Rashid Johnson, Anicka Yi, and Other Art Stars Twist Reality and Truth in This East Hampton Show—See Images Here

As galleries and art institutions around the world begin to reopen, we are spotlighting individual shows—online and IRL—that are worth your attention.

Tony Matelli, Horse (2017). Courtesy of the artist.
Tony Matelli, Horse (2017). Courtesy of the artist.

As galleries and art institutions around the world begin to reopen, we are spotlighting individual shows—online and IRL—that are worth your attention.

 

Friend of Ours
at Rental Gallery, East Hampton
through July 30

 

What the gallery says: “‘Friend of Ours’ presents leading contemporary artists who bend reality in such a way as to make the viewer question their own lying eyes. Who even knows what is real anymore? Beyond any pedestrian sense of ‘fake news,’ we drift in an epoch wherein no one seems to agree on any basic premise. Everything we look at is presumed to have always already been face-tuned and photoshopped, and when our brains attempt to decode art objects they are filtered through our presumption that they have been ‘fixed in post.’

Using a variety of strategies, all of the artists included in ‘Friend of Ours’ complicate the reading of reality. Many of the artists in the exhibition make objects that seem to have been digitally altered when in fact they are what they are. Others use form and scale to confuse our ability to read what is before our eyes in subtler ways. The line where craft and After Effects meet is blurred and rendered moot. As a whole, the works in the exhibition operate as a new form of trompe-l’oeil, confusing our digitally native brains’ perceptive abilities.”

Why it’s worth a look: If you’re lucky enough to be out east this summer, there’s no shortage of gallery shows offering (socially distanced) viewing experiences. At Rental Gallery—which set up shop on Newton Lane long before it was pandemic trendy—a group show of quirky, thoughtful, and timely works is the perfect re-entry into IRL art exploration.

Some of the works are clearly reflections on the current state of the world, including Rashid Johnson’s Untitled Anxious Red Drawing (2020), a frenetic red canvas produced during quarantine, and Sayre Gomez’s Untitled (2020), a gray canvas painted with “BLM” and “I can’t breathe” and accompanied by an illustration of the grim reaper. Other works are more ambiguous, though it seems like everything these days has new meaning, such as Mungo Thompson’s Snowman, a bronze-cast sculpture of three Amazon delivery boxes, the new omnipresent accessories of life in lockdown.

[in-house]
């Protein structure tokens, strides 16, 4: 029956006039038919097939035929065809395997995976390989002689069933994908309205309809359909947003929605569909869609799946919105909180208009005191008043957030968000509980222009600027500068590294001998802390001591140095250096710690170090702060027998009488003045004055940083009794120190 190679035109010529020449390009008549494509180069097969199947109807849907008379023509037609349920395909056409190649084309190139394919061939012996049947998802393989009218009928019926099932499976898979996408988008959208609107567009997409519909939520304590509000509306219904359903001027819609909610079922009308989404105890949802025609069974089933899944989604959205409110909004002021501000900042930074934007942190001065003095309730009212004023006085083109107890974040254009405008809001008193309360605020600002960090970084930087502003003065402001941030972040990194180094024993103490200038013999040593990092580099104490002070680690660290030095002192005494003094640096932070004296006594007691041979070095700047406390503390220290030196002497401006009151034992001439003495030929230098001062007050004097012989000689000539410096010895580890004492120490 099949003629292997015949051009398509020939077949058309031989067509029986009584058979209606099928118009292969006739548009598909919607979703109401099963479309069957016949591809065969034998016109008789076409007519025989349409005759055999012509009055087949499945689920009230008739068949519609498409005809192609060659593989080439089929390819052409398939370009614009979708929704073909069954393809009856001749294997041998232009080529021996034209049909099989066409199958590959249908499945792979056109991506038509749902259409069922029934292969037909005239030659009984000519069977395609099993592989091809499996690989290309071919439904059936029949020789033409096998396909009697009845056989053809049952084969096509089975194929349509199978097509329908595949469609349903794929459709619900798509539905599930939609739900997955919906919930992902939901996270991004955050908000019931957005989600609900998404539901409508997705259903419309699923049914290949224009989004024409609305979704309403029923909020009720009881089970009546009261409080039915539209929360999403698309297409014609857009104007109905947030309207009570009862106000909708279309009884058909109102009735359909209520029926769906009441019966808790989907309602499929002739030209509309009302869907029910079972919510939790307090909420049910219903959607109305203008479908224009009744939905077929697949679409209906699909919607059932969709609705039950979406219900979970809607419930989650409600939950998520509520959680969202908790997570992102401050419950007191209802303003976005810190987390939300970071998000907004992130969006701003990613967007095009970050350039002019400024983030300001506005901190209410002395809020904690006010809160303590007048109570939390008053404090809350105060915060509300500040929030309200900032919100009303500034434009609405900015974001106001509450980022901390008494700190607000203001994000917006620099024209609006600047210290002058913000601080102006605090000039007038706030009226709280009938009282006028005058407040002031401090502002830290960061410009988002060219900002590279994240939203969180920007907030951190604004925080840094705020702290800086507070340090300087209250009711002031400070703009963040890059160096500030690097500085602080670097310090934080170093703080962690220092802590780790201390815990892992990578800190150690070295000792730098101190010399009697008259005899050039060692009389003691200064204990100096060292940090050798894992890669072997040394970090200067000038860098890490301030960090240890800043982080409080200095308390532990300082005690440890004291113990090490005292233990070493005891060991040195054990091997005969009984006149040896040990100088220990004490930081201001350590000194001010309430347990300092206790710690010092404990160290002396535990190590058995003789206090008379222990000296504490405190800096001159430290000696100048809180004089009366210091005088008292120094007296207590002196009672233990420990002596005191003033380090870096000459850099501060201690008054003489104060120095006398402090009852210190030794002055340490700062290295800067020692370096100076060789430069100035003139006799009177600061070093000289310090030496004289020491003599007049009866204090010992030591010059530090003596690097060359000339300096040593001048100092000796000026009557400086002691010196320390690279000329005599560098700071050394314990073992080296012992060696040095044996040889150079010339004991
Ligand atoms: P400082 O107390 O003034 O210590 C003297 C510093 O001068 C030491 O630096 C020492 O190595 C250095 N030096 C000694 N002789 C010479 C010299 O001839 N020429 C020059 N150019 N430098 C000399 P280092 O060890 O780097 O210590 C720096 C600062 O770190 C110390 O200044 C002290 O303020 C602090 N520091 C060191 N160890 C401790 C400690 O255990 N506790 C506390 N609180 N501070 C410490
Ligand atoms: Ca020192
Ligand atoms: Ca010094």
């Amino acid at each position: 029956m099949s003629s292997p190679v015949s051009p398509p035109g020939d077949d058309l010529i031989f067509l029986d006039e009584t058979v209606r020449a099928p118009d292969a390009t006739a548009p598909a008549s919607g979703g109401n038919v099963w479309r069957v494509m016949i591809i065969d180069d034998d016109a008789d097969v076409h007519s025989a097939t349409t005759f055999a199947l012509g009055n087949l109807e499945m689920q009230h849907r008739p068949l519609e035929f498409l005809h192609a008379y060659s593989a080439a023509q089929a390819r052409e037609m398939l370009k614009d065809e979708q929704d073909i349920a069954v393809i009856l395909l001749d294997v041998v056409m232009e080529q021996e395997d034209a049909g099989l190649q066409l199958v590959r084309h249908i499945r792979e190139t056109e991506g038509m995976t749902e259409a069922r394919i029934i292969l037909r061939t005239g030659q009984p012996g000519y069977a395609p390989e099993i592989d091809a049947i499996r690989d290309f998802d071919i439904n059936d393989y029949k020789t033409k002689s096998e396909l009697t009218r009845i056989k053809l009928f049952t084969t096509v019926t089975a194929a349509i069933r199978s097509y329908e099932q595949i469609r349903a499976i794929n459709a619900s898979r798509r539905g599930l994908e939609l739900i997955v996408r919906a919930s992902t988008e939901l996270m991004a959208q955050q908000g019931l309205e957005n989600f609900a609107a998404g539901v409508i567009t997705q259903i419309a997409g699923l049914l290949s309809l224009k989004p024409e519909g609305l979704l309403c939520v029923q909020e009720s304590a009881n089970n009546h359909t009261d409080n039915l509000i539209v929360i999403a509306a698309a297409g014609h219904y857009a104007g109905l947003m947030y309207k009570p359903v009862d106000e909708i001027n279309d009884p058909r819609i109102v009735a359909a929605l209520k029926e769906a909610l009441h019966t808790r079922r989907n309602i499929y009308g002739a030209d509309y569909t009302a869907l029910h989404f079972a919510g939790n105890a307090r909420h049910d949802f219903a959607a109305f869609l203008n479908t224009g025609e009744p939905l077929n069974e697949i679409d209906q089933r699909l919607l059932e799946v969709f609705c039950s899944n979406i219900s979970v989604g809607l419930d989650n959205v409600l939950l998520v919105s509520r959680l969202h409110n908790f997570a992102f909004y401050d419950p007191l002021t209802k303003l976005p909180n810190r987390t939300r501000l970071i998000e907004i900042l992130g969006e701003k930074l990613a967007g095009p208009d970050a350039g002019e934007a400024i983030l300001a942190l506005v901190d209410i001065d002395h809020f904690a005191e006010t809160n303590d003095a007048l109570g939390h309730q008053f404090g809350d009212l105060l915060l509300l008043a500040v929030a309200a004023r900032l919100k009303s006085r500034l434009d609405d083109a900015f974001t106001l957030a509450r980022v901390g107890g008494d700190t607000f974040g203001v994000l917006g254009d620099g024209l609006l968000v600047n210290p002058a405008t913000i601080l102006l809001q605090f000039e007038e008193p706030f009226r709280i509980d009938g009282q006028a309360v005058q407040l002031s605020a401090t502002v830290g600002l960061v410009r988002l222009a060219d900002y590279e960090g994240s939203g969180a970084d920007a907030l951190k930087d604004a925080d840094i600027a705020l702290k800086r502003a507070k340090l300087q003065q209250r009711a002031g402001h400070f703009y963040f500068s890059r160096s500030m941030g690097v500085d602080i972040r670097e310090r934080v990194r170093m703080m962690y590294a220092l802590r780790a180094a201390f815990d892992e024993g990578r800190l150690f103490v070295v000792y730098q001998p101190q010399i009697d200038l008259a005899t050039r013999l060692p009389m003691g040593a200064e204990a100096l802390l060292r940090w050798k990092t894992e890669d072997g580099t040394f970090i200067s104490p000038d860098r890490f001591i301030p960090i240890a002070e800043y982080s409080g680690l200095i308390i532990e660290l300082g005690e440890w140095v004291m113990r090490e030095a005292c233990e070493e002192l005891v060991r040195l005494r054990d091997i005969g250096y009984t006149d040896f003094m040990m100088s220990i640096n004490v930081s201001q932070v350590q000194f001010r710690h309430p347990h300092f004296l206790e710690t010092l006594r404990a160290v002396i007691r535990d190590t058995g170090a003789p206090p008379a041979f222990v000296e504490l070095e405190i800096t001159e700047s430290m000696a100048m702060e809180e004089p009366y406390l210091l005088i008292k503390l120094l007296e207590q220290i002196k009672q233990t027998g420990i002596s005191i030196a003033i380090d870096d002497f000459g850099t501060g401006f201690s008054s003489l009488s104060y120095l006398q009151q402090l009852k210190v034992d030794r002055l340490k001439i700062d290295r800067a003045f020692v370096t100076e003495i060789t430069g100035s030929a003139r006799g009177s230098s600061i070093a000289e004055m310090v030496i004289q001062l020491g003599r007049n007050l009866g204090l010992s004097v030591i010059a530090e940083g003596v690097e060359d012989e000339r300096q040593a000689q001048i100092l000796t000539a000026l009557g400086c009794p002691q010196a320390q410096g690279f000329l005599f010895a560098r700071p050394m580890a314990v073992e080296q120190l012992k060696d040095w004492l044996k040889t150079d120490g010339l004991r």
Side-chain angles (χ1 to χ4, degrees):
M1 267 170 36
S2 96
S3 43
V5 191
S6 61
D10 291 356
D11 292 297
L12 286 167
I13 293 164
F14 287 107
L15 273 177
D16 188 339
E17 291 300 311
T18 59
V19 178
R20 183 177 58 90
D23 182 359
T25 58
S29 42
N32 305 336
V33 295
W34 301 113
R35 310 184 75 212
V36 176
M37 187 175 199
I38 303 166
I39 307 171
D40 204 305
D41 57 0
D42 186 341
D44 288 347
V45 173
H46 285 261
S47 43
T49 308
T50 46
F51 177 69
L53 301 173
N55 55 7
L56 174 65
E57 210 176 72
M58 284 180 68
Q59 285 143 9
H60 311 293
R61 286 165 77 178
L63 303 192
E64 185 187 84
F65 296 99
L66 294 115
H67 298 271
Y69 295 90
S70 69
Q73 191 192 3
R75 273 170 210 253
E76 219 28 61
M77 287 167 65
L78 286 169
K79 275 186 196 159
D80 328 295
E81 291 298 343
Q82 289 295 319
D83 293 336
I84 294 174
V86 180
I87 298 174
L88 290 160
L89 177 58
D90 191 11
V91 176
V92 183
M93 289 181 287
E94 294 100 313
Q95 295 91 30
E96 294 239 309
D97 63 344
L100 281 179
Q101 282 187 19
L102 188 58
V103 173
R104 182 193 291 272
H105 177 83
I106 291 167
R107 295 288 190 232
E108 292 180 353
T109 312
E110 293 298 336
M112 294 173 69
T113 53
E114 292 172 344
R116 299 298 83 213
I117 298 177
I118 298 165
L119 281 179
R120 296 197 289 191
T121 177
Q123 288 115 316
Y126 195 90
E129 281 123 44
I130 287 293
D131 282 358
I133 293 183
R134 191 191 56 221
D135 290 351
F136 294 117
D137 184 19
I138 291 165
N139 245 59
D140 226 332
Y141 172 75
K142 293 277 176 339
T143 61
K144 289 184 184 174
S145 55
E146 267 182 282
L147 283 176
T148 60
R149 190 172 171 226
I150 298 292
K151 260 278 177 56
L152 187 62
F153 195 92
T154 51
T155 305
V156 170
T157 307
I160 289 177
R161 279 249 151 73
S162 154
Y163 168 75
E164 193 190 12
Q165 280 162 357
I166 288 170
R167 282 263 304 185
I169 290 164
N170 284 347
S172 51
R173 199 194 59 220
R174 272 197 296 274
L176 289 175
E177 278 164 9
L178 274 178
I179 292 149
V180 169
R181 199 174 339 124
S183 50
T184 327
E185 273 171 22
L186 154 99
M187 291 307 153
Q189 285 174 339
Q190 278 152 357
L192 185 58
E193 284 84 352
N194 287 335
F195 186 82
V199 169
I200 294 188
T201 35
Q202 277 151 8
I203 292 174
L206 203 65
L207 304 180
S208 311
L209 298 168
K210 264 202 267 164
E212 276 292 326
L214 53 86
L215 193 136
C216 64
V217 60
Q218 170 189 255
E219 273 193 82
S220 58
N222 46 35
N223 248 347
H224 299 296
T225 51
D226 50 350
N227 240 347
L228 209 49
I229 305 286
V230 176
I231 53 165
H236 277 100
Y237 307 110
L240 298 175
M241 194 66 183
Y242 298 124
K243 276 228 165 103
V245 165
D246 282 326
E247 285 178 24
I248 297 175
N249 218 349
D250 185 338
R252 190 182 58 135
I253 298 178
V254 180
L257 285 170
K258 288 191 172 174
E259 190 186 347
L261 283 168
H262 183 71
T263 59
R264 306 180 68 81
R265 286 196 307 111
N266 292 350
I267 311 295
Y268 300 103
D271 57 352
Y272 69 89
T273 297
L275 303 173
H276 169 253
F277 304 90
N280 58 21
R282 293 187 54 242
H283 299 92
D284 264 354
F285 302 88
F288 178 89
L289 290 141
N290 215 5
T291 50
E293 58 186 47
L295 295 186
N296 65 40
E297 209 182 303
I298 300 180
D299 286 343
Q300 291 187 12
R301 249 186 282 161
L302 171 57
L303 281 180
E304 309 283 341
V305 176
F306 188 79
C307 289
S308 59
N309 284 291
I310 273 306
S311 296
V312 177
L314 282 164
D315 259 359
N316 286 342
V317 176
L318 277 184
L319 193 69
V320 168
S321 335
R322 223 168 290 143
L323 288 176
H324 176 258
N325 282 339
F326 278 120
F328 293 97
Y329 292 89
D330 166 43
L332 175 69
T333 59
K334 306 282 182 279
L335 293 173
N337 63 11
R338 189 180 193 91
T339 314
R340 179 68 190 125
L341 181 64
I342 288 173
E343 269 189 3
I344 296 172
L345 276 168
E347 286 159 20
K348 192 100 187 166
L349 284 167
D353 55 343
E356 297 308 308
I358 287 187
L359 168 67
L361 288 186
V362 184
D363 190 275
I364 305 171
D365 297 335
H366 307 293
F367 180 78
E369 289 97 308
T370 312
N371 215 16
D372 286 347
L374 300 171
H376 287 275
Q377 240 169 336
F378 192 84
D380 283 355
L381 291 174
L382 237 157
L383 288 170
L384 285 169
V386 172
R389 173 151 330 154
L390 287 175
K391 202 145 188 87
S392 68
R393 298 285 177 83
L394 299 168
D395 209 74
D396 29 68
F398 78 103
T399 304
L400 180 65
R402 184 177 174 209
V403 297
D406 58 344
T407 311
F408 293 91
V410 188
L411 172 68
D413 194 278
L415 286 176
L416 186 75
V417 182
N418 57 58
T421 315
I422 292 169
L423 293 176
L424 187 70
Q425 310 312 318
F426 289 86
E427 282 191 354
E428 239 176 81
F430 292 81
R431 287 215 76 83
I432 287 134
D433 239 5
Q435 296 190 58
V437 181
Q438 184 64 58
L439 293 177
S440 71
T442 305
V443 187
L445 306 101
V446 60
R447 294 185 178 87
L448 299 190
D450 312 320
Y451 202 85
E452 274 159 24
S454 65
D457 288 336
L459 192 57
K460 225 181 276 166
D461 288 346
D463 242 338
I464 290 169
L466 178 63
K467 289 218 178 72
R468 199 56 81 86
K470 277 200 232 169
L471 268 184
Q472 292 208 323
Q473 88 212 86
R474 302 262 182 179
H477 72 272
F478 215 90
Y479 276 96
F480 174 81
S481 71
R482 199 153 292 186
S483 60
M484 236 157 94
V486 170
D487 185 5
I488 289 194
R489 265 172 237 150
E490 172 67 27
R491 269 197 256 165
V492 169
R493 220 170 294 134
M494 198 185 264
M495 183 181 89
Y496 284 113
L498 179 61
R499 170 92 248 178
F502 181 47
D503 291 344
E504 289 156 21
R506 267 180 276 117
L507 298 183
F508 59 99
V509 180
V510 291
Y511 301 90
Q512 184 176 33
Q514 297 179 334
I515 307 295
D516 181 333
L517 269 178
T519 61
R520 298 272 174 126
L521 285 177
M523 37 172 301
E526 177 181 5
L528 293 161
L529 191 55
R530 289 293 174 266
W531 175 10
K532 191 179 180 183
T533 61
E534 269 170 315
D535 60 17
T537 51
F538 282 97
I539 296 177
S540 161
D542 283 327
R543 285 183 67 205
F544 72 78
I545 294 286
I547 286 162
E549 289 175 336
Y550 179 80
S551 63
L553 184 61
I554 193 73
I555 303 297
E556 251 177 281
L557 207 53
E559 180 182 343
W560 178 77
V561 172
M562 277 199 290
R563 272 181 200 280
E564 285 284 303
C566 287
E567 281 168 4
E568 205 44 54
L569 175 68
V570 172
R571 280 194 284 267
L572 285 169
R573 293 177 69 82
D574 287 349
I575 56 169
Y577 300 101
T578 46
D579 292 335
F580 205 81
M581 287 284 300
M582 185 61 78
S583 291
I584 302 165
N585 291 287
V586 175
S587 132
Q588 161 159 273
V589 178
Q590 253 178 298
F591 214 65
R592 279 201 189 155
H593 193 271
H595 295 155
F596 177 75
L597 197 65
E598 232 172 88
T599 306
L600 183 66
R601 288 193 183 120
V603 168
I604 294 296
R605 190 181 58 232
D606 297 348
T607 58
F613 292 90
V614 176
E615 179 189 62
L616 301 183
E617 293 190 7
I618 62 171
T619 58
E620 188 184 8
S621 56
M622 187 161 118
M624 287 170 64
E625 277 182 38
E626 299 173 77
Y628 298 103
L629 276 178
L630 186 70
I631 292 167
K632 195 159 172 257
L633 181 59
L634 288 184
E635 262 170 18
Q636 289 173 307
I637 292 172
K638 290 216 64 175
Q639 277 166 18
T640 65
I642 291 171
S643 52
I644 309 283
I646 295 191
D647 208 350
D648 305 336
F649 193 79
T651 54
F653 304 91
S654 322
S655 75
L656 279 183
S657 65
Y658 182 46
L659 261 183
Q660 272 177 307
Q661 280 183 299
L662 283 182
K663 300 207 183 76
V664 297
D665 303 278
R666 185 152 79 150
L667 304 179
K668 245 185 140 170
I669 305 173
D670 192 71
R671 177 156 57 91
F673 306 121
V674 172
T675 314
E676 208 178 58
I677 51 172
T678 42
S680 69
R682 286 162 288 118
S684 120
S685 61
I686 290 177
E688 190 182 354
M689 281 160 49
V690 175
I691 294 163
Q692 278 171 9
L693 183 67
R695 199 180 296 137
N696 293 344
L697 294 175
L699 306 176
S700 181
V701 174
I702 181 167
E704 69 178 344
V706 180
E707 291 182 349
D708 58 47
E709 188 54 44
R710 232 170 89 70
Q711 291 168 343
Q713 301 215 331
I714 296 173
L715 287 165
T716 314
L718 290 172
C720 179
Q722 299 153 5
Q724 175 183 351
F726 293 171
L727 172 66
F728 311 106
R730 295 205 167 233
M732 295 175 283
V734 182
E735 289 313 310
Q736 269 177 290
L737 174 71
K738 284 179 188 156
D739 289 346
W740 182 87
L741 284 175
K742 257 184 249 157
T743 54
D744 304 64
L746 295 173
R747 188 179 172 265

The show is curated by Joel Mesler, who owns the gallery, and Benjamin Godsill of the art advisory Curatorial Services. It features artists Farah Al Qasimi, Sayre Gomez, Henry Gunderson, Hugh Hayden, Alex Israel, Matt Johnson, Rashid Johnson, Josh Kline, Fredrick Kunath, Robert Longo, Tony Matelli, Borna Sammak, Mungo Thomson, Austyn Weiner, Jonas Wood, and Anicka Yi.

The gallery is donating a portion of proceeds from exhibition sales to Black Lives Matter and Stony Brook Southampton Hospital’s Healthcare Heroes Fund for COVID-19.‍

What it looks like:

Installation view, "Friends of Ours" at Rental Gallery, July 2020.

Installation view, “Friend of Ours” at Rental Gallery, July 2020.

Josh Kline, Keep the Change (Texas Roadhouse Waiter’s Head with Cap) [detail] (2018). Courtesy of the artist.

Friedrich Kunath

Friedrich Kunath, For the Last Time, Hello (2020). Courtesy of the artist.

Matt Johnson, <i>3 Intersecting Books (Henry Moore, Michelangelo, and Bonsai)</i> (2020). Courtesy of the artist.

Matt Johnson, 3 Intersecting Books (Henry Moore, Michelangelo, and Bonsai) (2020). Courtesy of the artist.

Installation view, "Friends of Ours" at Rental Gallery, July 2020.

Installation view, “Friend of Ours” at Rental Gallery, July 2020.

Jonas Wood, Shelf Still Life (2015). Courtesy of the artist.

Alex Israel, Casting (2015). Courtesy of the artist.

Farah Al Qasimi, <i>Curtain Shop</i> (2019). Courtesy of the artist.

Farah Al Qasimi, Curtain Shop (2019). Courtesy of the artist.

Anicka Yi, Cascade of Failure (2020). Courtesy of the artist.

Austyn Weiner, Working Through Not Knowing a Damn Thing About Any Thing (2020). Courtesy of the artist.

Sayre Gomez, Untitled (2020). Courtesy of the artist.

Installation view, "Friends of Ours" at Rental Gallery, July 2020.

Installation view, “Friend of Ours” at Rental Gallery, July 2020.

Installation view, “Friend of Ours” at Rental Gallery, July 2020.

Installation view, "Friends of Ours" at Rental Gallery, July 2020.

Installation view, “Friends of Ours” at Rental Gallery, July 2020.

Rashid Johnson, Untitled Anxious Red Drawing (2020). Courtesy of the artist.

Robert Longo, Study of Rio Cops, Baltimore (2016). Courtesy of the artist.

Henry Gunderson, Henry Sux #3 (2020). Courtesy of the artist.


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